The Jackson Iron Company established Fayette as a company town in 1867 to support the operation of a new charcoal iron blast furnace complex on the edge of Snail Shell Harbor. The village grew to about 500 residents in the mid-1870s then gradually tapered off in population during the 1880s, reflecting the declining fortunes of the charcoal iron industry in general. After the company closed its furnaces in December 1890, most of the remaining residents left to seek work elsewhere. During the next several decades, Fayette was home to a small group of commercial fishermen and several failed summer resorts. The State of Michigan purchased the all-but-vacant townsite and surrounding land in 1959. It has since developed the land as a state park combining unique historical and scenic attractions.
The Jackson Iron Company viewed construction of Fayette as a necessary but secondary aspect of its smelting operation at Snail Shell Harbor. It therefore made no particular effort to create a well-built or aesthetically pleasing community. Local woods and limestone from the adjacent bluff, sparingly augmented by imported brick, were used for both the residential and the industrial and commercial buildings. The lack of ornamentation further underscores the company's utilitarian perception of Fayette's buildings.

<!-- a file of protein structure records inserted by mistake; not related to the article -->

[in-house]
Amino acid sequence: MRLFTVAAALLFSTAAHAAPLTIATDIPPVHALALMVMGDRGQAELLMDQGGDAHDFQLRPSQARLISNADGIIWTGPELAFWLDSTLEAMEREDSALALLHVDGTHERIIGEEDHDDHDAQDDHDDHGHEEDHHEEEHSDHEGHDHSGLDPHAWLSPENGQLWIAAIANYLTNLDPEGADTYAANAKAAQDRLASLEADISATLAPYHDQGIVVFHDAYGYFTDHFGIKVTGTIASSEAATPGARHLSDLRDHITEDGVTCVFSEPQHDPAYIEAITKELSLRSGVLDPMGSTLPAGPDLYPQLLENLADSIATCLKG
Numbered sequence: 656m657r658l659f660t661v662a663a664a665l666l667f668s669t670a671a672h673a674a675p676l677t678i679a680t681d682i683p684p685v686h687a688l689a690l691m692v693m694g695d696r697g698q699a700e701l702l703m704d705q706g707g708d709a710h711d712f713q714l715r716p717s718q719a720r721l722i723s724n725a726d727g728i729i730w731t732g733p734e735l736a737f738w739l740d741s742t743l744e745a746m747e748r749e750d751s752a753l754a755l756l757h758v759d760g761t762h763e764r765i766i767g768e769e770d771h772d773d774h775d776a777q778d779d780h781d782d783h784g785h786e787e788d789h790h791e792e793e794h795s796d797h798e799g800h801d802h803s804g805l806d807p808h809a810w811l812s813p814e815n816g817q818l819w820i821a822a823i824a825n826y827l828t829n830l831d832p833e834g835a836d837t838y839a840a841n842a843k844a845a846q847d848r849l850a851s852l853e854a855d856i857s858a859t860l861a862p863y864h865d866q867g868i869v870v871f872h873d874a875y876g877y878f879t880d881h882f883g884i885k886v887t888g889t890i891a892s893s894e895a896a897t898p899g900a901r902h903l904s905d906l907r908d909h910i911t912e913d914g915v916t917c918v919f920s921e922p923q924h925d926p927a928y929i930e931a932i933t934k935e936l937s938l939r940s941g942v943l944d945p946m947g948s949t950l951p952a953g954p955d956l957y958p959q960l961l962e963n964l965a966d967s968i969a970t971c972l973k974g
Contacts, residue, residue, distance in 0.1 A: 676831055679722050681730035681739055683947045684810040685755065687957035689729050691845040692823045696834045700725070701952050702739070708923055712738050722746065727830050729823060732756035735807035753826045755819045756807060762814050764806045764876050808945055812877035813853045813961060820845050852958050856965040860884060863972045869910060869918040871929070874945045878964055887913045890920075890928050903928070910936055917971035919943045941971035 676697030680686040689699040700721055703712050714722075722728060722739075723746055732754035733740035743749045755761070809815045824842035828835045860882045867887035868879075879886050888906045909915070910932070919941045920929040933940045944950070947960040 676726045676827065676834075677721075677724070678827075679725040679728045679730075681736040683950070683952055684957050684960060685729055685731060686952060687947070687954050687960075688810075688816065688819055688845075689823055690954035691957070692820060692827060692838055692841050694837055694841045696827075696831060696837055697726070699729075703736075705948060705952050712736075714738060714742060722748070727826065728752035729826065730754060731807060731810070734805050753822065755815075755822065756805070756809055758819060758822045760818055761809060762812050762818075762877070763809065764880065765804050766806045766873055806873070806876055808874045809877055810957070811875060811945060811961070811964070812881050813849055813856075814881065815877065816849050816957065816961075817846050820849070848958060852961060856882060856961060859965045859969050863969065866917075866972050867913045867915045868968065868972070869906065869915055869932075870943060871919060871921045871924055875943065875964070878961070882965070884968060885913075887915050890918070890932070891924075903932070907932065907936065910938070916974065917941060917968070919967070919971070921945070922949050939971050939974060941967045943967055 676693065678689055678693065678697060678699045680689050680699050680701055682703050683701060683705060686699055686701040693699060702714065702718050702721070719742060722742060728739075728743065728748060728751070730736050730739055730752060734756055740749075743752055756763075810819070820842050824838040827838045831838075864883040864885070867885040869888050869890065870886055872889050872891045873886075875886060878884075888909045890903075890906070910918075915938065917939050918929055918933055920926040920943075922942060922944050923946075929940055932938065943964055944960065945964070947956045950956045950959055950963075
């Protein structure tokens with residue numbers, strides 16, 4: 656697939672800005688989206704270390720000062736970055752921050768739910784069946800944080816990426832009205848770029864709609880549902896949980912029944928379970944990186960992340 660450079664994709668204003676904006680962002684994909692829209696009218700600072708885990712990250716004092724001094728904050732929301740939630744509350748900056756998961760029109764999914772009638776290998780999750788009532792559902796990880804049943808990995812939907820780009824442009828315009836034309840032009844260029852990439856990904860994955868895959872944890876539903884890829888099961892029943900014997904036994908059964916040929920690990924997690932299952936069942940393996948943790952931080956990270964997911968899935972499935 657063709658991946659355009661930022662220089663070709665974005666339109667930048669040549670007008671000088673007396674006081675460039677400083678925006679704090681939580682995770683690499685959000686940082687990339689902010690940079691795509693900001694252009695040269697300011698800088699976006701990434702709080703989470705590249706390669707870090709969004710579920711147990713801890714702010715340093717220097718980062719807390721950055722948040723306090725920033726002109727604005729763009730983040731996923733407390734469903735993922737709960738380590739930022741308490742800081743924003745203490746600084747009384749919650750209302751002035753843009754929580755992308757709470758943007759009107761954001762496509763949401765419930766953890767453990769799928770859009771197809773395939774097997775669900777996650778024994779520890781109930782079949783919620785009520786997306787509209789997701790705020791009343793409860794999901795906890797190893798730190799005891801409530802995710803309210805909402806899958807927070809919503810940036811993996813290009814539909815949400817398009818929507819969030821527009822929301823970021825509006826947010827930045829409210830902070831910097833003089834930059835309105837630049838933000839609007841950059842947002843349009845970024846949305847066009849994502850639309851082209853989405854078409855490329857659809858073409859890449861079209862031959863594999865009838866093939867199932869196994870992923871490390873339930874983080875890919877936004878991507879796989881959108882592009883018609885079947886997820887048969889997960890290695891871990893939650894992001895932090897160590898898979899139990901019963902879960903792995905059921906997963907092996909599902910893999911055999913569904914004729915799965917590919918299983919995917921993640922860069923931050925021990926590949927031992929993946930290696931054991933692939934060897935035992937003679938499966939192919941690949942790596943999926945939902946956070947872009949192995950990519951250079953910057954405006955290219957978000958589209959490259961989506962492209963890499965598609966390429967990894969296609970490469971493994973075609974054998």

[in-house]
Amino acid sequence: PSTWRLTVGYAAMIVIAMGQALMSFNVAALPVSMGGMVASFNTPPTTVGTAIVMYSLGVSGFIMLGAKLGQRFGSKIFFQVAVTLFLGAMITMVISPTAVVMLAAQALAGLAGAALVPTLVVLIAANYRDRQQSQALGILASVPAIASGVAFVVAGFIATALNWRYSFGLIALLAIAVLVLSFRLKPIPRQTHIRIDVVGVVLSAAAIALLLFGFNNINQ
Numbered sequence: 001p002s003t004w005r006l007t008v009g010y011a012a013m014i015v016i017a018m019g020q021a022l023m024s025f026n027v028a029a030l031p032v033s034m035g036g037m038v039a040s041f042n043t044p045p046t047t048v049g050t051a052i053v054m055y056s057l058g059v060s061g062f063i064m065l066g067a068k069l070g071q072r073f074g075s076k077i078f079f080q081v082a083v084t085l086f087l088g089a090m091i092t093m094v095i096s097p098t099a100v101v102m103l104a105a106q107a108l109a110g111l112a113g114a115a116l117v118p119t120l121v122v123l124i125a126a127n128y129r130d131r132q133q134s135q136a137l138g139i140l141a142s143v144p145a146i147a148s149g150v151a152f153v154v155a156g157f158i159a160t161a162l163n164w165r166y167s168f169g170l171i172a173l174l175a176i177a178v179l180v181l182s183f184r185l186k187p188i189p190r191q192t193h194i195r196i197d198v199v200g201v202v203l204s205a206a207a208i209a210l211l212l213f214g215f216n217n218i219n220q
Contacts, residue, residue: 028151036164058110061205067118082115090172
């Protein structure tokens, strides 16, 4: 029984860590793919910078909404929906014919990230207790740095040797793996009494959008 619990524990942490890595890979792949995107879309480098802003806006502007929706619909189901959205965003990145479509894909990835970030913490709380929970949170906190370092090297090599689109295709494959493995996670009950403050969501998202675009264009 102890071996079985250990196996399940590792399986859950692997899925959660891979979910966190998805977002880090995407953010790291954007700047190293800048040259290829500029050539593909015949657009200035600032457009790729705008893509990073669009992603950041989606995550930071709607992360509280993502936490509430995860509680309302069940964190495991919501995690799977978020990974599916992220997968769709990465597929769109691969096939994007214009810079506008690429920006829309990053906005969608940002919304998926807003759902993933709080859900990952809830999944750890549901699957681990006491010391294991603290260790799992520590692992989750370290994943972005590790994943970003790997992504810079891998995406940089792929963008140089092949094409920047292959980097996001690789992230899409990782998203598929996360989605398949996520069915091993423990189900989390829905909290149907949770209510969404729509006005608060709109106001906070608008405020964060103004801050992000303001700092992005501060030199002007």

The layout of the village emphasizes the centrality of iron smelting to Fayette's existence. Most visitors arrived in Fayette by boat (or across the ice in winter) and they were greeted by the sight of two blast furnaces looming up over the water as they entered the inner harbor. The stacks were flanked by charcoal kilns and storage sheds. Barns, workshops, and offices stood behind the furnaces. A hotel, a livery stable, and a very few shops were adjacent to the industrial area. Housing extended to the south and northwest from the economic and geographic center of the village. The company superintendent's house was not only the largest in town, it also had a commanding view of the harbor and stacks. Moreover, it was located safely upwind of the smoke and smells of the furnace complex.